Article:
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haggis


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Scottish;

sheep's heart, liver, and lungs cooked and chopped with suet, onions, oatmeal, and seasoning, traditionally stuffed into the stomach of a sheep. Said to have originated with the Romans when they were campaigning in Scotland; when they broke camp in an emergency, the food was wrapped in the sheep's stomach. A similar Norman-French dish was afronchemoyle. A 150‐g portion is an exceptionally rich source of iron; a rich source of protein; a good source of vitamins B1, B2, niacin, calcium, and copper; a source of zinc; contains about 33 g of fat, of which half is saturated; supplies 450 kcal (1 900 kJ).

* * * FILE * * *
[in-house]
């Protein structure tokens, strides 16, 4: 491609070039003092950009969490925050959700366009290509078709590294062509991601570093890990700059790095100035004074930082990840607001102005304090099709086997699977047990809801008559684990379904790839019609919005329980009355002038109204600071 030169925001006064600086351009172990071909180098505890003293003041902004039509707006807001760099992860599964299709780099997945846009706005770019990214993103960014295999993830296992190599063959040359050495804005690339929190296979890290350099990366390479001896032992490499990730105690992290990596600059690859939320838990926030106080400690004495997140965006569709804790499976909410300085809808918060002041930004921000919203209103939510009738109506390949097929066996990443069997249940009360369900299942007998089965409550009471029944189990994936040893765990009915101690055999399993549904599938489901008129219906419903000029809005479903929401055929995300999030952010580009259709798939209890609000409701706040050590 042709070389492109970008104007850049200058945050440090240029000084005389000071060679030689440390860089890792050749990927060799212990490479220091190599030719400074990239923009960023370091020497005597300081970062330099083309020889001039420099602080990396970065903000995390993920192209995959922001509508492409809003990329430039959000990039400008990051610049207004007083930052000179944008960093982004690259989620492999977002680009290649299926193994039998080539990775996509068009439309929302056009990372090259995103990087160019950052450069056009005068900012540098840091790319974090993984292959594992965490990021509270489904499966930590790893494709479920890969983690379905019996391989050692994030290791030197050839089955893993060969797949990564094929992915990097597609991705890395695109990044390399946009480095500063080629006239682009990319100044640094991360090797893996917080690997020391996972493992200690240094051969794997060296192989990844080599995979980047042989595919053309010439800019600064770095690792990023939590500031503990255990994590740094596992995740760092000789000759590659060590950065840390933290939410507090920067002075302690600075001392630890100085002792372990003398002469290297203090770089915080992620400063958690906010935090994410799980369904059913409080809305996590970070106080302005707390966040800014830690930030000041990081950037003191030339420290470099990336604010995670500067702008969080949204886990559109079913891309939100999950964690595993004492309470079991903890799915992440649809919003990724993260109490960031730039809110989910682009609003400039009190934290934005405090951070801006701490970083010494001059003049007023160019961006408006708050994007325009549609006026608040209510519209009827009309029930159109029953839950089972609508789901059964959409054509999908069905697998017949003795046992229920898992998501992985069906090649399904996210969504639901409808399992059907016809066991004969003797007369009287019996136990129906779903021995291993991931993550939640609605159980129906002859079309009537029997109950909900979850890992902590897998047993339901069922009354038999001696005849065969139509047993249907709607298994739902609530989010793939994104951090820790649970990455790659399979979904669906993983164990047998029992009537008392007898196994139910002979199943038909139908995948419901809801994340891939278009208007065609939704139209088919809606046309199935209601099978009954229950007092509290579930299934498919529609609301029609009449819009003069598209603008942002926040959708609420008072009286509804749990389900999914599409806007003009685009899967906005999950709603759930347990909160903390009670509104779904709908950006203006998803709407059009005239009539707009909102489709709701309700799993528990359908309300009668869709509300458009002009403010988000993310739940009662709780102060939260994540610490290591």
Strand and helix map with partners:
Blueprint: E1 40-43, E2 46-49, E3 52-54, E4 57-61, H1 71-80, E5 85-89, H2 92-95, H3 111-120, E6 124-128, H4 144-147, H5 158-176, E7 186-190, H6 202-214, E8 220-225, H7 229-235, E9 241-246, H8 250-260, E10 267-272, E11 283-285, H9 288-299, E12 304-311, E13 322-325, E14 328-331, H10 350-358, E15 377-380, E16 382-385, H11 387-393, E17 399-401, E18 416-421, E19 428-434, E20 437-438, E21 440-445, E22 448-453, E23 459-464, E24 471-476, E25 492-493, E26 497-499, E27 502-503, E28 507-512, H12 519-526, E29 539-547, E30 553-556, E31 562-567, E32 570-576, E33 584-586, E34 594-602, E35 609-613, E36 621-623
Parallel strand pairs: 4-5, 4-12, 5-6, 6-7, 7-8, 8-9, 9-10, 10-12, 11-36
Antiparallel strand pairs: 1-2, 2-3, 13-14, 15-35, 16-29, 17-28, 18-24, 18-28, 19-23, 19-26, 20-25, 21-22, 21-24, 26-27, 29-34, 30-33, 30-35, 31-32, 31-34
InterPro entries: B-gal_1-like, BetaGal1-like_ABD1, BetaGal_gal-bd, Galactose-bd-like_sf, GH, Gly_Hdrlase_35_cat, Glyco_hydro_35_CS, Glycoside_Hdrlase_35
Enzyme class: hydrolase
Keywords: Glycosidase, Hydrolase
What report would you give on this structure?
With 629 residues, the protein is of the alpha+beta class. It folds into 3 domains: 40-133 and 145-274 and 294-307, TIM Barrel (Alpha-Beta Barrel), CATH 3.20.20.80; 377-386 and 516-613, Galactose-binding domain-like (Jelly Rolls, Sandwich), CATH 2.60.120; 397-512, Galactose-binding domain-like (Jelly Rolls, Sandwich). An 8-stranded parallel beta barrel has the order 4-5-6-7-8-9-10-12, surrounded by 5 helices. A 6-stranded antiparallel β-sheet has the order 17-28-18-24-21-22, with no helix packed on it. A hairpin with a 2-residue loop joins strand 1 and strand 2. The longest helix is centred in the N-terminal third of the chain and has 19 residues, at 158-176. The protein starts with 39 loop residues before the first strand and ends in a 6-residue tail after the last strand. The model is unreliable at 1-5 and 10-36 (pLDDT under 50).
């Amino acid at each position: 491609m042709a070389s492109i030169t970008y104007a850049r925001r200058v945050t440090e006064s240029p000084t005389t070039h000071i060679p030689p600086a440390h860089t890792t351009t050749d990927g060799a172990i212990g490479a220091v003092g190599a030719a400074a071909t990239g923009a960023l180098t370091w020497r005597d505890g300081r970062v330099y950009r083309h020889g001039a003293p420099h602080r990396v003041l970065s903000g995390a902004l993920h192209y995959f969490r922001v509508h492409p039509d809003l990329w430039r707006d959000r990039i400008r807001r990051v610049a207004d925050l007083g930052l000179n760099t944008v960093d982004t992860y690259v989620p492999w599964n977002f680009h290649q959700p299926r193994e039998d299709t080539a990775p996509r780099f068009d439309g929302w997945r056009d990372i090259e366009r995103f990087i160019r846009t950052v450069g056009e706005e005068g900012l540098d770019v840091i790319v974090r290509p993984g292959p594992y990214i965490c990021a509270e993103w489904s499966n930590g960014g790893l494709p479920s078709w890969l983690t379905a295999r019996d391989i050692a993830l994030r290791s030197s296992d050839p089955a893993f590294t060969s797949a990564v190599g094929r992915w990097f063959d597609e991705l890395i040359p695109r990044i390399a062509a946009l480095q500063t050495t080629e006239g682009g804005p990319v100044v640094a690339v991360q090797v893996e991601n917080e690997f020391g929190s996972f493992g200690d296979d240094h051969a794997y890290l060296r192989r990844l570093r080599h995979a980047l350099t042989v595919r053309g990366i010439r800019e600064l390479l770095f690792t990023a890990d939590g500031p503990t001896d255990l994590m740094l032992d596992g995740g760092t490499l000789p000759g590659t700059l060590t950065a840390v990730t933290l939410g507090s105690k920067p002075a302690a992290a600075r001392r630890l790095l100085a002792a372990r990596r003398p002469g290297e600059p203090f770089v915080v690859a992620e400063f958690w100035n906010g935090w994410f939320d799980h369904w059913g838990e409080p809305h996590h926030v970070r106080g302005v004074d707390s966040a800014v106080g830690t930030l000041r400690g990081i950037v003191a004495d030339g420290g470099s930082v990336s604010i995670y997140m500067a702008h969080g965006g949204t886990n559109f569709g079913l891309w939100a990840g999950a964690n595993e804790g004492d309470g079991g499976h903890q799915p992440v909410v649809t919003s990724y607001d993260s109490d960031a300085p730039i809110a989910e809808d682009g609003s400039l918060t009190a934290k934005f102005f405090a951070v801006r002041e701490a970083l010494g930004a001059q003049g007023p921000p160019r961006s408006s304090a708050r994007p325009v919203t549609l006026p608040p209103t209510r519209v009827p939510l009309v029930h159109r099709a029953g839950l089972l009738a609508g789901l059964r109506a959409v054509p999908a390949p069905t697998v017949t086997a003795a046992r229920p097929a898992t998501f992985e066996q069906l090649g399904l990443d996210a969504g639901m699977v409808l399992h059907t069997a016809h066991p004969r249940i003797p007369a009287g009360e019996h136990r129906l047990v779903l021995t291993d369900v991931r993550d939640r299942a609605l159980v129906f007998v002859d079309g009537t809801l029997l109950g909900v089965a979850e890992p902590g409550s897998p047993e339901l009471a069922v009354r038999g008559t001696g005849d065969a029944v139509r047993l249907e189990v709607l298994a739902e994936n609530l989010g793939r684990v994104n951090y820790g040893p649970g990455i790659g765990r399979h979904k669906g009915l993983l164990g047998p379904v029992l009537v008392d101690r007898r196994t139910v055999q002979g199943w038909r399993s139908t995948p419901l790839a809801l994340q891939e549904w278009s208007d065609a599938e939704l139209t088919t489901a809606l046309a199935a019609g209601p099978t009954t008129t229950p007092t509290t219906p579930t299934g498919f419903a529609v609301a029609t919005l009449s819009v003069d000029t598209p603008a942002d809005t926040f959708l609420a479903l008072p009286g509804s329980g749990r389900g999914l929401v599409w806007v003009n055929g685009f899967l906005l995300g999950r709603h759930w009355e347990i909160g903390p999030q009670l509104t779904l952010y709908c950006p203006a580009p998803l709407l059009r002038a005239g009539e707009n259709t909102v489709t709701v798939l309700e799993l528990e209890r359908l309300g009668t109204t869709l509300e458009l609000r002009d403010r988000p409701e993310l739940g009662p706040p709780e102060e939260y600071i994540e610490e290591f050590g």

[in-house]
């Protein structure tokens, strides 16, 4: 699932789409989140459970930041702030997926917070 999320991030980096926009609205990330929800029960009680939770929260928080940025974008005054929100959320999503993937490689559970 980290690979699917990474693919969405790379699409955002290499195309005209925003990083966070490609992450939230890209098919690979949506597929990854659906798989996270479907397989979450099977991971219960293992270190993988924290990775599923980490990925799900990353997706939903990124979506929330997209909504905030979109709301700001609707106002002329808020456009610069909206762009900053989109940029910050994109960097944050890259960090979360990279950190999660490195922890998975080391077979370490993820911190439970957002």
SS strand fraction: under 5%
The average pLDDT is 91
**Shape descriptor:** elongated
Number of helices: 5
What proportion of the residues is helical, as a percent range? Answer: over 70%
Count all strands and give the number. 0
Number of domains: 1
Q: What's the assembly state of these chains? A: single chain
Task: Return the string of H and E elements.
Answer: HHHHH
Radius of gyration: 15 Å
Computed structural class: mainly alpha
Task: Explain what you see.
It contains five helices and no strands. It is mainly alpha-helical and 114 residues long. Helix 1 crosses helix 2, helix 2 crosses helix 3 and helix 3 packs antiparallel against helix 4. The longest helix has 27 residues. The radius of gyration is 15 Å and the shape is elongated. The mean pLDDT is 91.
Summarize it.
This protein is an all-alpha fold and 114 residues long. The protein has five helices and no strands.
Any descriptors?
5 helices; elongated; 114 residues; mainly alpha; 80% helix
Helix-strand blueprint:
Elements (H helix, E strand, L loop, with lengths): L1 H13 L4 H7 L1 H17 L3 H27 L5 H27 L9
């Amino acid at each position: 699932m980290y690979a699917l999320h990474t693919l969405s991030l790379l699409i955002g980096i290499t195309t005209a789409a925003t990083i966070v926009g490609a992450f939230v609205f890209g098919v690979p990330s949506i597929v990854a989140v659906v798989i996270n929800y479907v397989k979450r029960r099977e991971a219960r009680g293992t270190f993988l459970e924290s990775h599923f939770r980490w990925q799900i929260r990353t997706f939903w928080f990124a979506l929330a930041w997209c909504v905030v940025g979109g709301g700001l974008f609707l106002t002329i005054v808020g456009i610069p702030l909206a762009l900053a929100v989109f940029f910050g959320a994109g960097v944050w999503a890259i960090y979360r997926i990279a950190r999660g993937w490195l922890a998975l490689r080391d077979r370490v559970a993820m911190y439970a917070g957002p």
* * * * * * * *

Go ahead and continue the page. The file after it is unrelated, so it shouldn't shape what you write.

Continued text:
Subjects: Medicine and Health — Cookery, Food, and Drink.


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